1.3 Normed vector spaces

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While vector spaces have additional structure compared to a metric space, a general vector space has no notion of “length” or “distance.”

Definition 1

Let $V$ be a vector space over $K$ . A norm is a function $∥·∥:V\to \mathbb{R}$ such that

• $∥x∥\ge 0\forall x\in V$
• $∥x∥=0$ iff $x=0$
• $∥\alpha ,x∥=|\alpha |∥x∥\forall x\in V$ , $\alpha \in K$
• $∥x,+,y∥\le ∥x∥+∥y∥\forall x,y\in V$

A vector space together with a norm is called a normed vector space (or normed linear space ).

• $V={\mathbb{R}}^{N}$ : ${∥x∥}_{2}=\sqrt{{\sum }_{i=1}^{N}{|{x}_{i}|}^{2}}$
• $V={\mathbb{R}}^{N}$ : ${∥x∥}_{1}={\sum }_{i=1}^{N}|{x}_{i}|$ (“Taxicab”/“Manhattan” norm)
• $V={\mathbb{R}}^{N}$ : ${∥x∥}_{\infty }=\underset{i=1,...,N}{max}|{x}_{i}|$
• $V={L}_{p}\left[a,b\right]$ , $p\in \left[1,\infty \right)$ : ${∥x,\left(,t,\right)∥}_{p}={\left({\int }_{a}^{b},{|x\left(t\right)|}^{p},d,t\right)}^{1/p}$ (The notation ${L}_{p}\left[a,b\right]$ denotes the set of all functions defined on the interval $\left[a,b\right]$ such that this norm exists, i.e., ${\parallel x\left(t\right)\parallel }_{p}<\infty$ .)

Note that any normed vector space is a metric space with induced metric $d\left(x,y\right)=∥x,-,y∥$ . (This follows since $∥x,-,y∥=∥x,-,z,+,z,-,y∥\in ∥x,-,z∥+∥y,-,z∥$ .) While a normed vector space “feels like” a metric space, it is important to remember that it actually satisfies a great deal of additional structure.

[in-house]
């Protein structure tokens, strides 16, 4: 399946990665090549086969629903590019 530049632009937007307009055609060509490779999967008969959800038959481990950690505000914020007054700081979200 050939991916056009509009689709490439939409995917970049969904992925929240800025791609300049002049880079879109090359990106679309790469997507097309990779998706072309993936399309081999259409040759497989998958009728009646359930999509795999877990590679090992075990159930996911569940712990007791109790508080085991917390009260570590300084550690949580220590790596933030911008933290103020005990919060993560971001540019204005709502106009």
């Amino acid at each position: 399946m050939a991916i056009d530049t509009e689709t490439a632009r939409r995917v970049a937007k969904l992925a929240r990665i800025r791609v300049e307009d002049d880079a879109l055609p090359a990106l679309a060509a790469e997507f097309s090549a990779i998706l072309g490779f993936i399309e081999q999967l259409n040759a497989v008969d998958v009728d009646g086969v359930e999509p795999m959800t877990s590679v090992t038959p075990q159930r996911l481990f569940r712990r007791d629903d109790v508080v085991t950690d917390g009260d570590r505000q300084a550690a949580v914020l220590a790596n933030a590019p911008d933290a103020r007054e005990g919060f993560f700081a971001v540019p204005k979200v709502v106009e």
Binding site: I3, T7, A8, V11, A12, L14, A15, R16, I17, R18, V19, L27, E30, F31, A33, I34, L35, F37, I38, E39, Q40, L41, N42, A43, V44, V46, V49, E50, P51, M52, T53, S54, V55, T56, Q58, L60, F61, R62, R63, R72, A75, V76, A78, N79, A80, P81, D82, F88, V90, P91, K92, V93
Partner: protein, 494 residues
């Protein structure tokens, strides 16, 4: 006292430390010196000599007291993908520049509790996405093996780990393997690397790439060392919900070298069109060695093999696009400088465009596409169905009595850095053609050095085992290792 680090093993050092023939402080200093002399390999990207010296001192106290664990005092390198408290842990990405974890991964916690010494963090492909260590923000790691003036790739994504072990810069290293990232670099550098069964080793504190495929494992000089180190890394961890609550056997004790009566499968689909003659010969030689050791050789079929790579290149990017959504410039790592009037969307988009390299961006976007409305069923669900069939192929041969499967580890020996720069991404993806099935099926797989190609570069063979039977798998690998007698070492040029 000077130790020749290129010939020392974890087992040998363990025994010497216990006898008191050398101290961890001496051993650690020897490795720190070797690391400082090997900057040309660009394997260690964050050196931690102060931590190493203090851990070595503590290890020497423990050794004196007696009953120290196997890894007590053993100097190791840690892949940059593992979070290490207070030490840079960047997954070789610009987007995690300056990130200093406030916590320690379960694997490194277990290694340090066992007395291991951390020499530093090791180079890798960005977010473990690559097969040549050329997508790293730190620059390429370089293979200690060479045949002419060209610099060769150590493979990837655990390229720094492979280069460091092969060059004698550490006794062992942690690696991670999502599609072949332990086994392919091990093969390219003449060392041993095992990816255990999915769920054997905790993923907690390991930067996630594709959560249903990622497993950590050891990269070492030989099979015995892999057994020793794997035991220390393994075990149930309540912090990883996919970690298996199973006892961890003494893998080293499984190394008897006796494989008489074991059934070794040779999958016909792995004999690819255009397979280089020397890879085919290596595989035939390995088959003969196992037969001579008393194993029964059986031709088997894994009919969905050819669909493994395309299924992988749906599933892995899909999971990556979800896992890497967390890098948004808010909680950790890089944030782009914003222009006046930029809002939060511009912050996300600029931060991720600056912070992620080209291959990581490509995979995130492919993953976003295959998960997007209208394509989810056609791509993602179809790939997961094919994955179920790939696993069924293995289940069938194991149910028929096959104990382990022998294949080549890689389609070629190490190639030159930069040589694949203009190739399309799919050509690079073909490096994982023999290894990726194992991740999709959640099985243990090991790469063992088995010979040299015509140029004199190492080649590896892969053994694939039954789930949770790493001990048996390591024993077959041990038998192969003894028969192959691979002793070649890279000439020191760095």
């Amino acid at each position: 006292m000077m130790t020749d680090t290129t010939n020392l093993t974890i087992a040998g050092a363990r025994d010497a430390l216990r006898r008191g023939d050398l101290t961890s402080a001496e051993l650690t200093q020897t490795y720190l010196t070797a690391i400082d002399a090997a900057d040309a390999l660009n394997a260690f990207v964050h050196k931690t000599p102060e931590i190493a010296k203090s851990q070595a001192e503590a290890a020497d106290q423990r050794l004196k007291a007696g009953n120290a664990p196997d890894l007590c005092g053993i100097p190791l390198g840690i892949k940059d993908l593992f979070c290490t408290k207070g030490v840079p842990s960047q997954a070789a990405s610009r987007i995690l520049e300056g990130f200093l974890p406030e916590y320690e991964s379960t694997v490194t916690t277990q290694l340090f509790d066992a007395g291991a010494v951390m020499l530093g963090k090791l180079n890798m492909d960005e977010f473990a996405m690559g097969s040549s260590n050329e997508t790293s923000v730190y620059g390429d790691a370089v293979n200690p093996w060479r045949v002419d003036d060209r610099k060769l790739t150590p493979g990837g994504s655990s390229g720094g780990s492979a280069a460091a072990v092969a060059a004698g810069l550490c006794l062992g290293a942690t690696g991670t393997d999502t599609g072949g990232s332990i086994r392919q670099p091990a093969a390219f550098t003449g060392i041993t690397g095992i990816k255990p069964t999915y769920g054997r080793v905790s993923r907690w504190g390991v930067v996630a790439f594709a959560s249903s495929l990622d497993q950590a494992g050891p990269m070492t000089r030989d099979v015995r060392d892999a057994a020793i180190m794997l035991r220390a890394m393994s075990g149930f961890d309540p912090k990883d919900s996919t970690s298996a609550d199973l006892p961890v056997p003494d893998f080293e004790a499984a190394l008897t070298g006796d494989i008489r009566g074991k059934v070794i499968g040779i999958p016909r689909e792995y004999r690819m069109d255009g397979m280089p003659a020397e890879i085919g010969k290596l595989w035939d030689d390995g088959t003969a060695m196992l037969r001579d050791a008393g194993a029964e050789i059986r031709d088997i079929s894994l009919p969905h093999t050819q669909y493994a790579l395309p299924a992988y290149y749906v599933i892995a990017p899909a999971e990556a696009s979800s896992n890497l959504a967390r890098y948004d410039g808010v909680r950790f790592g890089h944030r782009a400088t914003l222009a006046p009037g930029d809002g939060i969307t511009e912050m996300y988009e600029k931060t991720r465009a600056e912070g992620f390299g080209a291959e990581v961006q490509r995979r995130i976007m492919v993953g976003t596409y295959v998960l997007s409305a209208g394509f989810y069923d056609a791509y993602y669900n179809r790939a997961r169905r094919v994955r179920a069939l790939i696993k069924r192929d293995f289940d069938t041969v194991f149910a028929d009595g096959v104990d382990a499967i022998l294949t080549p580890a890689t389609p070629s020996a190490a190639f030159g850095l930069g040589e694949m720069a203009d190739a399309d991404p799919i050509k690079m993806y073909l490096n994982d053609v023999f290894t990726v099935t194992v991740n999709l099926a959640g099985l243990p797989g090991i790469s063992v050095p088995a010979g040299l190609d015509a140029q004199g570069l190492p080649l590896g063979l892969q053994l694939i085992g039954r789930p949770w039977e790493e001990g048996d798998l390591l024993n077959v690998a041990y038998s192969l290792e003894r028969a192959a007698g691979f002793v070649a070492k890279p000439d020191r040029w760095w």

Technical Note: In a normed vector space we must have (from N2) that $x=y$ if $∥x,-,y∥=0$ . This can lead to a curious phenomenon when dealing with continuous-time functions. For example, in ${L}_{2}\left(\left[a,b\right]\right)$ , we can consider a pair of functions like $x\left(t\right)$ and $y\left(t\right)$ illustrated below. These functions differ only at a single point, and thus ${\parallel x\left(t\right)-y\left(t\right)\parallel }_{2}=0$ (since a single point cannot contribute anything to the value of the integral.) Thus, in order for our norm to be consistent with the axioms of a norm, we must say that $x=y$ whenever $x\left(t\right)$ and $y\left(t\right)$ differ only on a set of measure zero. To reiterate $x=y⇎x\left(t\right)=y\left(t\right)\forall t\in \left[a,b\right]$ , i.e., when we treat functions as vectors, we will not interpret $x=y$ as pointwise equality, but rather as equality almost everywhere .

Questions & Answers

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Source:  OpenStax, Digital signal processing. OpenStax CNX. Dec 16, 2011 Download for free at http://cnx.org/content/col11172/1.4
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